“We teach them the fundamentals of mountain biking on flat ground in a series of skills clinics. Then we progress to rail-trail riding, and then to beginner singletrack riding. So truly, anyone who has not ridden before and doesn’t have mountain-biking skills should not be deterred from joining the team.”
Some of the Wildcats’ members came to the program with what White calls “crazy bike-handling skills.”
“A lot of them started out as BMX riders and skateboarders, and those skills carry across into mountain biking,” she said.
Despite their “interscholastic” label, the clubs aren’t affiliated with particular schools. Youngsters who choose to race represent their teams, but compete as individuals. Everyone who wants to compete may do so.
“NICA principles aren’t focused on winning races,” Fox said. “NICA’s philosophy is inclusivity, equality, and strong minds, bodies and spirits. We have a bunch of students who are racing-oriented, but we also have students who are adventure riders. I’m an adventure rider. I’m out there to ride and enjoy the beauty of the state.”
The Wildcats’ practices for the 2019 racing season began July 1, and the West Virginia Interscholastic Cycling League’s first race is scheduled for Aug. 31-Sept. 1 at Little Creek Park in South Charleston. Other races will be held Sept. 14-15 at Canaan Valley State Park, Sept. 28-29 at Big Bear Lake, Oct. 12-13 at North Bend State Park and Oct. 26-27 at Stonewall Jackson State Park.
Until then, the Wildcats will be getting in plenty of practice.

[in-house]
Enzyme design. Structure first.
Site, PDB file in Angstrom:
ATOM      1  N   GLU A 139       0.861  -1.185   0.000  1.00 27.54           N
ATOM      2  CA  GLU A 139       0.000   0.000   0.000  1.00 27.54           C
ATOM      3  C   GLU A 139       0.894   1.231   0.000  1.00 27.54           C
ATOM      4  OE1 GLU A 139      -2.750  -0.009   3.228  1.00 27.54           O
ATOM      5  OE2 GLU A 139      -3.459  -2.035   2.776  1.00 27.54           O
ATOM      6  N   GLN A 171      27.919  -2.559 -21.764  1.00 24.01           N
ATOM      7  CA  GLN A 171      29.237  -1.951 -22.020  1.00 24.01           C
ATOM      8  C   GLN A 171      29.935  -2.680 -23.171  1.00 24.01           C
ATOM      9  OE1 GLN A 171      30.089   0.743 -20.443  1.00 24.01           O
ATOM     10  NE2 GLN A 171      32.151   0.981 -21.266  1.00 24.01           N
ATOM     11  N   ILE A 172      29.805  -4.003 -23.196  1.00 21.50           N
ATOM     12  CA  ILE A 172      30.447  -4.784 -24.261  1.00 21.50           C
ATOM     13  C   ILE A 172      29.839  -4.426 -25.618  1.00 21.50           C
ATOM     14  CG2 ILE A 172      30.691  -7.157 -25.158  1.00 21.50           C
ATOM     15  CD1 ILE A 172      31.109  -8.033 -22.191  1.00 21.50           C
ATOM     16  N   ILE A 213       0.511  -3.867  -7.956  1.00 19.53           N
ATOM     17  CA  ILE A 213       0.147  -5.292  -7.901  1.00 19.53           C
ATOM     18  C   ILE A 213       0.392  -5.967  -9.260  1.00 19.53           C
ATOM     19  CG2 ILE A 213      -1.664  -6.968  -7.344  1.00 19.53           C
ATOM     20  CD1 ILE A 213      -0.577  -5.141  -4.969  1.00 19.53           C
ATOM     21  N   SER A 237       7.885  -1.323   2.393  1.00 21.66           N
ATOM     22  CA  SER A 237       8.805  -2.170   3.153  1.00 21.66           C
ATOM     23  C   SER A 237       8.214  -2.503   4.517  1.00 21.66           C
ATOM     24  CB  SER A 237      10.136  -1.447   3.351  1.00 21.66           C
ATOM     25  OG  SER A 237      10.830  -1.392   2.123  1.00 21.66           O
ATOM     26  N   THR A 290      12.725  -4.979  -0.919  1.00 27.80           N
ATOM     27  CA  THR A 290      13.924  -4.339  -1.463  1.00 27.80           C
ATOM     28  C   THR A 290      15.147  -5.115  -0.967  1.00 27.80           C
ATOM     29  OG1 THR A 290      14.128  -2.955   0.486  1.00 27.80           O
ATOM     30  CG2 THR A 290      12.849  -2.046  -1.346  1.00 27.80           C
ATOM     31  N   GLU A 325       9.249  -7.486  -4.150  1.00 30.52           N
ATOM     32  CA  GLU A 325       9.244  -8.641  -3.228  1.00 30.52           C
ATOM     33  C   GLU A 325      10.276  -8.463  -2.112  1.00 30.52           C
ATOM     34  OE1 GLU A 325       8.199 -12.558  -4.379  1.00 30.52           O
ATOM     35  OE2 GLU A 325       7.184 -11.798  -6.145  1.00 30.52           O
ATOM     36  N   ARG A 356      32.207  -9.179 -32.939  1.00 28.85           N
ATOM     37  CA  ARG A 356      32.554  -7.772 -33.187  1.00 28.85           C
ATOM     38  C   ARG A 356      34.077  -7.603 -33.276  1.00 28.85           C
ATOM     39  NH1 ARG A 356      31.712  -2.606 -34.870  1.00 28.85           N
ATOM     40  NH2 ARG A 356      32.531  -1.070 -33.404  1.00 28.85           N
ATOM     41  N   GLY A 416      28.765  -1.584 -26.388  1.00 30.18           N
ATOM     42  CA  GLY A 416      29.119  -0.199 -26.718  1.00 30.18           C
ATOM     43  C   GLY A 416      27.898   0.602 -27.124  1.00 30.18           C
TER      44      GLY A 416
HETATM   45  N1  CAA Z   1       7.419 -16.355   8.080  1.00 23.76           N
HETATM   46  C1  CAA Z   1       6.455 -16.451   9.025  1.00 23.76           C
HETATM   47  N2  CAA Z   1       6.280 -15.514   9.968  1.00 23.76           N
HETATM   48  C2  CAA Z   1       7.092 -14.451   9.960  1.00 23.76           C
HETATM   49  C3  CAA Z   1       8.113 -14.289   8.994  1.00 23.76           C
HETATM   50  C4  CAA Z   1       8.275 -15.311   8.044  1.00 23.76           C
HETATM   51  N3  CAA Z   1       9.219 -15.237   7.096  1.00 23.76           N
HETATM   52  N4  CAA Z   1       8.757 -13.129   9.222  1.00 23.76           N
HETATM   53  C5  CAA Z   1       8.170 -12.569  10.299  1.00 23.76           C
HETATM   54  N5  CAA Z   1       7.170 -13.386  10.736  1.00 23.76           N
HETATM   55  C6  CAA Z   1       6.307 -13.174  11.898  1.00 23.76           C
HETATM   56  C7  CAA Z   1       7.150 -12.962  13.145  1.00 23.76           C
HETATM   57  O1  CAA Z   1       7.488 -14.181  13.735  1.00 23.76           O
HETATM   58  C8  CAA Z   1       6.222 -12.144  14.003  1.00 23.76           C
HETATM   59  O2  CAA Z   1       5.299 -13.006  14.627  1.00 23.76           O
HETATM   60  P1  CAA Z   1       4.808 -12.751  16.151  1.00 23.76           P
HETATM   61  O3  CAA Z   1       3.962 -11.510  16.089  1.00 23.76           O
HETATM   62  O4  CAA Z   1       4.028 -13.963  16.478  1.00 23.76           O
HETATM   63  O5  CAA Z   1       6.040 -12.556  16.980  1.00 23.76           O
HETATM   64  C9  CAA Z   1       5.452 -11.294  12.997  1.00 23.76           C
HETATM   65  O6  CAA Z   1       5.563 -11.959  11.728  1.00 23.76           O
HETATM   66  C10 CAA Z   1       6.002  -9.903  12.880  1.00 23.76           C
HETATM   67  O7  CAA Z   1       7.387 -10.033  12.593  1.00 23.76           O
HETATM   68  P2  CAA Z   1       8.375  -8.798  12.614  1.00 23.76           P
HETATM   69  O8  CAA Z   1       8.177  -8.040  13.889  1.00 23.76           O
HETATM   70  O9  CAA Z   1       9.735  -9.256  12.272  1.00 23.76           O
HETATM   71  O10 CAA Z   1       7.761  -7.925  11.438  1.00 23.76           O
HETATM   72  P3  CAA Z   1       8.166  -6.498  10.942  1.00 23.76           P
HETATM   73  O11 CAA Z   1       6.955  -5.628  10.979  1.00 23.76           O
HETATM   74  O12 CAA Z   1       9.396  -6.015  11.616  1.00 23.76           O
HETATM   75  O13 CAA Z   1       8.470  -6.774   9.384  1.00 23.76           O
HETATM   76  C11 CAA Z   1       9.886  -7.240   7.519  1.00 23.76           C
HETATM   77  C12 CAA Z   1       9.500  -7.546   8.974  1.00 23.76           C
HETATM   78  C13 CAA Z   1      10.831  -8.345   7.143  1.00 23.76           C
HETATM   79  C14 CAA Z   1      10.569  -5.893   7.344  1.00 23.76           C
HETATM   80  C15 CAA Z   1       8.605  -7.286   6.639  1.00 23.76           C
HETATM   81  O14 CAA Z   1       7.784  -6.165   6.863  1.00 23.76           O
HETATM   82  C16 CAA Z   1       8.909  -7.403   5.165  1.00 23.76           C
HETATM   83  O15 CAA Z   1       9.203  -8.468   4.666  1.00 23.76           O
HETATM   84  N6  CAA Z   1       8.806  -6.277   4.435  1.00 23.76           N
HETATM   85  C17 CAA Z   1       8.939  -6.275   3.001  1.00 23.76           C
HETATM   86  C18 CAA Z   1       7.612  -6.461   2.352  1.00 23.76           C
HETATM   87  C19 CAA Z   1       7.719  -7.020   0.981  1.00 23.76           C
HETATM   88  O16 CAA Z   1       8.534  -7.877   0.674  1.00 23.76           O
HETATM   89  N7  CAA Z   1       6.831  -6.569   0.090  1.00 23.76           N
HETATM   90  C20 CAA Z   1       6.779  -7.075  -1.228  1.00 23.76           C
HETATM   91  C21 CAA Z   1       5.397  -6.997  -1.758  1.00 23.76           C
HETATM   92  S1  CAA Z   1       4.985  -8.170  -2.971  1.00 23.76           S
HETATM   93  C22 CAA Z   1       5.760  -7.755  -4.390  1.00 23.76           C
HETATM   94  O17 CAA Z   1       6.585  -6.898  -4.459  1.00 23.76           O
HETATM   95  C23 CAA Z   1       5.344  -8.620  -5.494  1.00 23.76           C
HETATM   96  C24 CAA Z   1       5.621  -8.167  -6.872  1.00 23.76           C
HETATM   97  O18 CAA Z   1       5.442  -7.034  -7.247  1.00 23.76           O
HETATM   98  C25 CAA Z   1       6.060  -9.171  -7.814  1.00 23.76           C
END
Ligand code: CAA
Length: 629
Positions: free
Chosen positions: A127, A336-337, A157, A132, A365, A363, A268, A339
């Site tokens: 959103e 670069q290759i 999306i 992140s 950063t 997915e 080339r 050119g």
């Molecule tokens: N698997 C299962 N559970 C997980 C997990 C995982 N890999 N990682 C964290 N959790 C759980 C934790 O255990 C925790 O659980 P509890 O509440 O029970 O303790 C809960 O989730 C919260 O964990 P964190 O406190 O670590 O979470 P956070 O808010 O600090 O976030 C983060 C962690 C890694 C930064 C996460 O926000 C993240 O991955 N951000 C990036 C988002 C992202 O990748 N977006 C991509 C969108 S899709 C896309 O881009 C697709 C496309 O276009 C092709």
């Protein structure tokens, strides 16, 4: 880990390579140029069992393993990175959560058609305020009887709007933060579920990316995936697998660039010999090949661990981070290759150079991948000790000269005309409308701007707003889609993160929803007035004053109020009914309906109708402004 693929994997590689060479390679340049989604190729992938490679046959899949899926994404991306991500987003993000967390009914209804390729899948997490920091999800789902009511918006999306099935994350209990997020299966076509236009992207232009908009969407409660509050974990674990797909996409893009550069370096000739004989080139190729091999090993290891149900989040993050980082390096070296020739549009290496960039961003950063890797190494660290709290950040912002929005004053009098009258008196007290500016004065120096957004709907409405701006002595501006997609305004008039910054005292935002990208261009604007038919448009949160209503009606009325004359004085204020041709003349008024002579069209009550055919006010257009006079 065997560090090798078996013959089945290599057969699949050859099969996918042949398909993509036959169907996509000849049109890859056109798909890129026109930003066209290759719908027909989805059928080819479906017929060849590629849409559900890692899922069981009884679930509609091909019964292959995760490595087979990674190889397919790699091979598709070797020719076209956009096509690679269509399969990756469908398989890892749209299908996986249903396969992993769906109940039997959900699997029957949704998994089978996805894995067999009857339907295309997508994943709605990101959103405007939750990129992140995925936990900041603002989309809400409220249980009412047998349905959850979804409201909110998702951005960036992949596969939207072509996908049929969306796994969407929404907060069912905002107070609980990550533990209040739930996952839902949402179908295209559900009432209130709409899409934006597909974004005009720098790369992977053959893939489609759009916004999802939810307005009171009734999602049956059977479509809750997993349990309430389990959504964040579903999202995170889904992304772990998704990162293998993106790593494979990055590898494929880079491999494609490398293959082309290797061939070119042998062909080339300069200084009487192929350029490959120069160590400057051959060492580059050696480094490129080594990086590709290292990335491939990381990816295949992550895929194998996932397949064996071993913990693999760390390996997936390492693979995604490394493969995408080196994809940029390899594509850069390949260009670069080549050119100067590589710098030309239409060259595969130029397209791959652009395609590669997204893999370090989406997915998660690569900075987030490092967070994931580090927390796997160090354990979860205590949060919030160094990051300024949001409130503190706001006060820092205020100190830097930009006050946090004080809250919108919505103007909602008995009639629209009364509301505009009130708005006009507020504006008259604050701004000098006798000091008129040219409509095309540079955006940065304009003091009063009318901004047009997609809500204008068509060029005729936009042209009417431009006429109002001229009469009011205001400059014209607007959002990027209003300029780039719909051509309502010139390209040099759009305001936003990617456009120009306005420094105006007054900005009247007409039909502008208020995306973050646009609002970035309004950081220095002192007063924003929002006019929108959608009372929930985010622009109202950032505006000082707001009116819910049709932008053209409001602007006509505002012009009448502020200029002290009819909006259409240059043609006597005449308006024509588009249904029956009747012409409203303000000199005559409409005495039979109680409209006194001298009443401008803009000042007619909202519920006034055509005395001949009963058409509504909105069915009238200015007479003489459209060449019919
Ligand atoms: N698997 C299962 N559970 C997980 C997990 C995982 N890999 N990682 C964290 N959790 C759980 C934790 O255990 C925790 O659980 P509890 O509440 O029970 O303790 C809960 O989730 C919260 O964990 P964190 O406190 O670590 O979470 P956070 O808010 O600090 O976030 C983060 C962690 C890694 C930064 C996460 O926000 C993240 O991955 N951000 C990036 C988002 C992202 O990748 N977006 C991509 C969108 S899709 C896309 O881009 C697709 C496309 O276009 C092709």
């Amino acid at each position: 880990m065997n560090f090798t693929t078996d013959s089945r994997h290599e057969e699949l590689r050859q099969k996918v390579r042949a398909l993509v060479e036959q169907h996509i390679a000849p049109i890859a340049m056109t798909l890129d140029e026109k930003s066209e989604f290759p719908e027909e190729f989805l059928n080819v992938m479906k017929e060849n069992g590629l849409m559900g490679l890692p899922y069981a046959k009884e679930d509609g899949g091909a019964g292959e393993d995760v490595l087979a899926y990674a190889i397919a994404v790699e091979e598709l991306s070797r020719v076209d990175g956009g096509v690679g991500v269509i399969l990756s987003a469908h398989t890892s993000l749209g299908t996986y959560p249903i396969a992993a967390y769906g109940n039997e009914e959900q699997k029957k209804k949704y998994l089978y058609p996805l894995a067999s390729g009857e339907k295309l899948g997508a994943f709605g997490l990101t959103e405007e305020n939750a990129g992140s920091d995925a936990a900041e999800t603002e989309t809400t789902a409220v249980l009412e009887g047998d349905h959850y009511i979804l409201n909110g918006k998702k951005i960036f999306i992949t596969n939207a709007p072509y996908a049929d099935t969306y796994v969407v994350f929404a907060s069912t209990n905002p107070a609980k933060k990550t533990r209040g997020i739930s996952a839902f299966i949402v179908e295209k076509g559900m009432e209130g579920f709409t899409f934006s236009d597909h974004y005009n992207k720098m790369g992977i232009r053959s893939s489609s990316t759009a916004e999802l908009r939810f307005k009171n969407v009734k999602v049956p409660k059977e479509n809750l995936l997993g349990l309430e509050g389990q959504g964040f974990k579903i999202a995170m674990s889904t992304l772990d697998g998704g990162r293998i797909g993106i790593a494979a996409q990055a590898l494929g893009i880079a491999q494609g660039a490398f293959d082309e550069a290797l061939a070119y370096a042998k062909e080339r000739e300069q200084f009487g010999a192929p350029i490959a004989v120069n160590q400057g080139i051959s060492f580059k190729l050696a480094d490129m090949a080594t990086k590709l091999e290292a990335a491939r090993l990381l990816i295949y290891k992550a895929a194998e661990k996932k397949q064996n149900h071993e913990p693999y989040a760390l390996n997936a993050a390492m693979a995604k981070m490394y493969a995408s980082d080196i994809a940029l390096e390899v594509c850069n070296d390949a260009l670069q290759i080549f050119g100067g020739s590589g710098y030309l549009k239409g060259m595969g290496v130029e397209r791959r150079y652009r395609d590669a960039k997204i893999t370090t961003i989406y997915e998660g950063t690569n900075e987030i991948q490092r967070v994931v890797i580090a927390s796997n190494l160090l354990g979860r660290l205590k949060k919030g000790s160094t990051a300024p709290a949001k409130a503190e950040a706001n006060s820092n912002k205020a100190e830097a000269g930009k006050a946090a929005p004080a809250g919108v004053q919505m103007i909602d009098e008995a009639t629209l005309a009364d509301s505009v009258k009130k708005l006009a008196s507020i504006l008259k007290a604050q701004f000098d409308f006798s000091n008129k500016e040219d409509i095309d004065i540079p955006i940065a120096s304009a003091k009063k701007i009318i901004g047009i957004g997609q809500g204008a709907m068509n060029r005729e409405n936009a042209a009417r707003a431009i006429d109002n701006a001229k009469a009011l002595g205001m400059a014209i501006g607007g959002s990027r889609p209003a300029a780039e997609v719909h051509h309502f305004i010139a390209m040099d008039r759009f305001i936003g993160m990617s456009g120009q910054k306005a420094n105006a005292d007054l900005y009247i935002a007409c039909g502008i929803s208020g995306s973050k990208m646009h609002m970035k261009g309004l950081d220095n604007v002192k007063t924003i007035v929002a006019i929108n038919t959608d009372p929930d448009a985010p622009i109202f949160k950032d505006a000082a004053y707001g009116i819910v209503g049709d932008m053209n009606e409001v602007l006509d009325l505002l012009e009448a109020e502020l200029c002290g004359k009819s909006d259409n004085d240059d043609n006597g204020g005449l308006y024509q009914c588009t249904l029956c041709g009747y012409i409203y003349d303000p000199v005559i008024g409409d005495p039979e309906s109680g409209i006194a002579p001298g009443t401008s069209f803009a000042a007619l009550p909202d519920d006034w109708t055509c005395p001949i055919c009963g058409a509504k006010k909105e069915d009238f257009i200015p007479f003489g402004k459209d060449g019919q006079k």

“We practice three times a week,” Fox said. “On Mondays we practice at Little Creek Park from 5:30-8 p.m. On Wednesdays we practice at Ridenour Lake in Nitro from 5:30-8 p.m. Those practices are aimed at skill-building and bike maintenance. On Saturdays we have endurance rides to get the kids used to riding 12 to 15 miles at a time.”
The endurance rides vary from week to week.
“We might ride at Kanawha State Forest, at Eleanor City Park, Ridenour Lake, the North Bend Rail-Trail or at the Arrowhead Bike Farm in Fayetteville,” Fox said. “Those rides are about staying on your bike and getting the miles in.”
Griffin Barkey, a second-year rider with the Wildcats, said the team appeals to him “because I get to ride all the trails I like.”
“I get to be on a team, practice multiple times a week and have fun doing it,” said the Winfield High School student. “The more skills you get, the more fun it is.”
Delaney Wood, a first-year rider from George Washington High School in Charleston, said she got interested in the team when she saw how much fun her brothers were having.
“I wasn’t interested in mountain biking at first, but I started practicing at home and getting better,” she said. “Racing isn’t a huge appeal to me, but I’d like to do it a few times. Mostly I’d like to get out, explore, travel and have fun.”
That’s music to Fox’s ears.
“Fun is what it’s all about,” she said.
Fox’s fun-first philosophy has people sitting up and noticing. About a month ago, she got an email that told her she’d been named one of five NICA Coach of the Year Award recipients.
“That was kind of crazy,” she said. “At first I thought the email was spam. I guess it goes to show that you don’t have to have crazy mountain-bike skills to be an effective leader and head coach. You just have to have the ambition, the drive and the enthusiasm. Hey, if a roadie can do it, anyone can do it.”
Spoken like a true Pied Piper.